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Early adopters pay high price for new technology

A computer chip eye

Apparently Brits are early adopters of communications technologies, like smartphones. But, for me, I think that this means many of us are paying a high price for such faith in new devices.

Can’t wait to get your hands on the latest tech? Then you’re not alone. We Brits are among the earliest to jump onto new technology bandwagons, according to Ofcom’s research.

The UK has been quick to embrace both fixed and mobile broadband, digital TV and smartphones.

iPhone 4 bit back at early adopters

While it’s great to see Britain embracing emerging technologies, personally, I’d rather wait. All too often early adopters pay too high a price.

Take the iPhone 4, for example. Everyone rushed out to buy the latest Apple smartphone, only for the device to be beset with problems. First with its proximity sensor, which meant people were clicking buttons without meaning to. And secondly, the phone seemed to lose reception when people held it a certain way.

Apple’s quick fix for the latter was to offer disgruntled customers a free iPhone 4 case – a nice gesture, but cold comfort for those who spent hundreds on the latest must-have gadget.

Jumping on digital TV too early

There are other examples, too. People who bought early Freeview, and other digital set-top-boxes, have already had to upgrade to a newer model – including myself.

Following the latest service upgrade, all three Freeview boxes in our house, which had previously had near perfect reception, stopped working and several channels disappeared overnight. The helpline said we’d have to buy a new box.

Speaking of TV, those who simply can’t wait to get their hands on the latest 3D TVs may well be disappointed. They’re paying a premium price for a product that’s not selling in huge numbers yet and the models we’ve seen so far haven’t exactly wowed our testers in terms of their 3D quality. If you wait, you’ll spend less and get better quality results.

Similarly, if you couldn’t wait to buy an Apple iPad, it’s likely you’ve had to pay over the odds for a new class of device that Apple has had carte blanche on. But now we’re seeing Tablet PCs from multiple manufacturers and it’ll only take one killer product to force Apple’s prices down.

So while technology excites me, I’ll never rush to buy the latest gadgets until early wrinkles are ironed out and prices begin to fall.

Read Andy Vandervell’s opposing argument in ‘Early technology adopters get ahead in life‘.

Comments
Guest
pickle says:
4 December 2010

That’s quite true – buying technology is like buying cars – buy too soon and you find teething problems.
Buy later and the product will have been improved considerably.

Guest
Hicks says:
4 December 2010

….if everyone waited, who would find and report the bugs & teething problems?

Guest
Tom Rendell says:
5 December 2010

I am personally in the ‘2nd wave’ adopters group, but fully appreciate those in the ‘early adopters’ group for their enthusiasm and push for new technology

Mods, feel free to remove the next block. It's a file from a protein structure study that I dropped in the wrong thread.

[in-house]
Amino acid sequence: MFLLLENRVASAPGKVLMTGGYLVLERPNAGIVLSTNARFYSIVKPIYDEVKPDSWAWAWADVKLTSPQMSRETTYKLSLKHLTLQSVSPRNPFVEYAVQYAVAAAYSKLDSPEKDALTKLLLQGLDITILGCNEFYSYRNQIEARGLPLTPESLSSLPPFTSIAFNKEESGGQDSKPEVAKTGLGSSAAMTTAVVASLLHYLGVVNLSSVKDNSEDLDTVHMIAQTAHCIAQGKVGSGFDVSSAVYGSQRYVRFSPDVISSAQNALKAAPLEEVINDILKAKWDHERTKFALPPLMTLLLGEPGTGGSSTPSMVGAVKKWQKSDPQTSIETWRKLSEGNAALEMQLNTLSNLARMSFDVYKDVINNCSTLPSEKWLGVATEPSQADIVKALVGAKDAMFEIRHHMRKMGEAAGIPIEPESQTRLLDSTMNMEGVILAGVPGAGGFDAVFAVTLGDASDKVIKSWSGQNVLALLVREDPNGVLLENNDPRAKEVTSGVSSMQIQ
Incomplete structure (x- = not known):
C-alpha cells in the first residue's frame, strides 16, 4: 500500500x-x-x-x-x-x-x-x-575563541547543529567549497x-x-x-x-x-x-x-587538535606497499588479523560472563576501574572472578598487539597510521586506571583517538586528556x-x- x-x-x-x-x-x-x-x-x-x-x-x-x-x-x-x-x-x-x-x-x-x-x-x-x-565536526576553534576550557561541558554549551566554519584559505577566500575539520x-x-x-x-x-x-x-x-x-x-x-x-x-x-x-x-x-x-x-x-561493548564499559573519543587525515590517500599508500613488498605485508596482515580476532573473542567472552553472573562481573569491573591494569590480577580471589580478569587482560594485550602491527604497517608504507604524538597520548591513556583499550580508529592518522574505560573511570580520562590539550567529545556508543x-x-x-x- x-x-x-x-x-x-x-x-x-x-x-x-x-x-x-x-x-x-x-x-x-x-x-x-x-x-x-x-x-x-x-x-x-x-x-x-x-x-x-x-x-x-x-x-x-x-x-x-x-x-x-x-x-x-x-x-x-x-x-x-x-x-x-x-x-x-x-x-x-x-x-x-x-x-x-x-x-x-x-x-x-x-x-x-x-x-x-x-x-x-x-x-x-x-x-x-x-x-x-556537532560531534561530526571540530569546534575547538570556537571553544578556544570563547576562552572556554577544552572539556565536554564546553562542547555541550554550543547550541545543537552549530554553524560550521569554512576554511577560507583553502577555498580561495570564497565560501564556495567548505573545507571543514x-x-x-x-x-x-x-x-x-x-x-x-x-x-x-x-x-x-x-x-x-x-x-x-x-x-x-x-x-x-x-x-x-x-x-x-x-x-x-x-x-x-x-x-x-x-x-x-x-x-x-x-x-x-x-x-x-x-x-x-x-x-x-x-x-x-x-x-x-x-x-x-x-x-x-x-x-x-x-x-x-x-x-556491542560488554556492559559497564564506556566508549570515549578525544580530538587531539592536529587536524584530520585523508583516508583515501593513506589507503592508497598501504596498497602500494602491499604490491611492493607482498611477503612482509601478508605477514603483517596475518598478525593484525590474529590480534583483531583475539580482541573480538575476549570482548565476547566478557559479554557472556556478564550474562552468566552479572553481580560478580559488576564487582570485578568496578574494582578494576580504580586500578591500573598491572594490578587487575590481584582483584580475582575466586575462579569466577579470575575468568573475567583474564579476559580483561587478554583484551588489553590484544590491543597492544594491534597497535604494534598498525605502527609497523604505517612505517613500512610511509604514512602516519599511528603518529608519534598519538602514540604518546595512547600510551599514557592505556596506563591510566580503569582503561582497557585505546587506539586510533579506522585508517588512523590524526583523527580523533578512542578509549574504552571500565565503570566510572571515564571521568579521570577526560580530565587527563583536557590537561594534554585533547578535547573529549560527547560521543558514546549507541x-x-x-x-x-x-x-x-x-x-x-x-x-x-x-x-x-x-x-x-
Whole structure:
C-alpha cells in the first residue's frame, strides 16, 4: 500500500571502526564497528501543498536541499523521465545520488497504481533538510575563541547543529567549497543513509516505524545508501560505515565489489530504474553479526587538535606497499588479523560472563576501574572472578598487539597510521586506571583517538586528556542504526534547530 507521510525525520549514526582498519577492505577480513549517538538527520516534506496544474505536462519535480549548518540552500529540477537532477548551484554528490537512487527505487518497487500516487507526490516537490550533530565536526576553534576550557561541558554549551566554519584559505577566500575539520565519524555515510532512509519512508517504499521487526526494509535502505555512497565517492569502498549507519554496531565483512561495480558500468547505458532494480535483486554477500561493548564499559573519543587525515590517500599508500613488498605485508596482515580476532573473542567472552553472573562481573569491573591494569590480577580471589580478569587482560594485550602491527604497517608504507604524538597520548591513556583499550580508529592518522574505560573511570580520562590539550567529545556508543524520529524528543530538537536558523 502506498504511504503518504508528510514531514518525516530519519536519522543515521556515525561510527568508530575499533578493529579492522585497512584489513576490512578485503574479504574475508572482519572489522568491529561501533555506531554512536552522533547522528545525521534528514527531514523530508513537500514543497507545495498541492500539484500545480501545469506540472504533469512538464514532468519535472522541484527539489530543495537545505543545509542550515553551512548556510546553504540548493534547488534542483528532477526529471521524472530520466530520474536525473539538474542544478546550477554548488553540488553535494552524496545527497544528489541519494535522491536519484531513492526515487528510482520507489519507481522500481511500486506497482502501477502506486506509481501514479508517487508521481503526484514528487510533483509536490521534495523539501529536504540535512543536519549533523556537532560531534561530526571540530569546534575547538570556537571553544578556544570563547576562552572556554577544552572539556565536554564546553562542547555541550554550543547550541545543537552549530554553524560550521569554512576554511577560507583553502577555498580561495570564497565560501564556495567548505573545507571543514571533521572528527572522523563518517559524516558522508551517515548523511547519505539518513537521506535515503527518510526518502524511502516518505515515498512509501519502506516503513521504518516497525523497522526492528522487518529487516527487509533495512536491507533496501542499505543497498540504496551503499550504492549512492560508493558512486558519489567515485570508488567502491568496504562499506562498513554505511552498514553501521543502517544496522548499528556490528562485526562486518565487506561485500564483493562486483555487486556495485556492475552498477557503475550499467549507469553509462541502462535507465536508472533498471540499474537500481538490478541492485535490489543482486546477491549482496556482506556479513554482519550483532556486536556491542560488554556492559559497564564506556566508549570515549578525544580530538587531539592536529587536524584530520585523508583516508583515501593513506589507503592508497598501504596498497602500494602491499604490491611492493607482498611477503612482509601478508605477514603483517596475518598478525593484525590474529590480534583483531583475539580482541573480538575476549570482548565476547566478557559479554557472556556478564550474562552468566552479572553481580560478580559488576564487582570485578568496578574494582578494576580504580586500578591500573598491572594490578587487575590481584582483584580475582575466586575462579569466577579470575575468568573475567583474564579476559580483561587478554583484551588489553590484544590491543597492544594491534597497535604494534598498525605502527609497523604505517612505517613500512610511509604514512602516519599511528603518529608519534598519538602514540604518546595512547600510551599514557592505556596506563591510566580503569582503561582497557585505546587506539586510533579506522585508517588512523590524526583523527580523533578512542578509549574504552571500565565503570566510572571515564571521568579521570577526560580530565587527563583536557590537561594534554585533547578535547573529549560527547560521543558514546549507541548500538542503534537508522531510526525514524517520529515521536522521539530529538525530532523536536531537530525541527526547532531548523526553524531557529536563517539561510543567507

Guest
tenire says:
7 December 2010

I bought a Dell Studio and tried to use it for video display, by feeding a Benq projector through the HDMI output. Big mistake; there was absolutely no help from Dell when I tried for assistance. Only by long and tedious research did I realise that the HDMI interface is not suitable for general home TV and film display. I can now get it to work but it’s unforgivably klunky.

Guest
Peter Arnold says:
7 December 2010

Like Tom Rendell, I am usually in the ‘second wave’ for new technology. However, I keep reading about wages and material costs rising in China, and have difficulty relating this to the ever lower prices for technology, especially when waiting for that second wave. Is it that production costs continue to lower, despite the weak pound and rising Chinese wages, or is it that profit margins are initially high enough to cut prices so dramatically? Incidentally, I was not at all impressed by the 3D TV demo (on Panasonic) that I saw in PC World. The figures looked like cardboard cut-outs moving against a slightly better perspective of background – not unlike the old ‘stereoscopes’, for those that remember that old toy. On the other hand, the 60″ LG HDTV was very impressive, not to mention tempting; trouble is, I’d have to move to a bigger house.

Guest
Steve Lockwood says:
7 December 2010

I’ve been a particularly early adopter of digital cameras and whilst I’ve not been disappointed in the performance at the time I’ve purchased, I realise that I’ve paid out a fortune for out of date technology!
Now would be a great time to make a purchase of a conventional digital SLR or Compact……..but……the next (no pun intended) generation of cameras from Sony, Samsung, Panasonic etc. will cause me to once more plunge in early and pay the price!
Will I never learn.

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Guest

Interestingly regarding 3D TV, on Radio 4 this morning it was pointed out by a medical person that a large proportion of our population do not have, or have impaired, stereo vision and don’t necessarily know it. The resuly will be a poor experience when viewing 3D TV.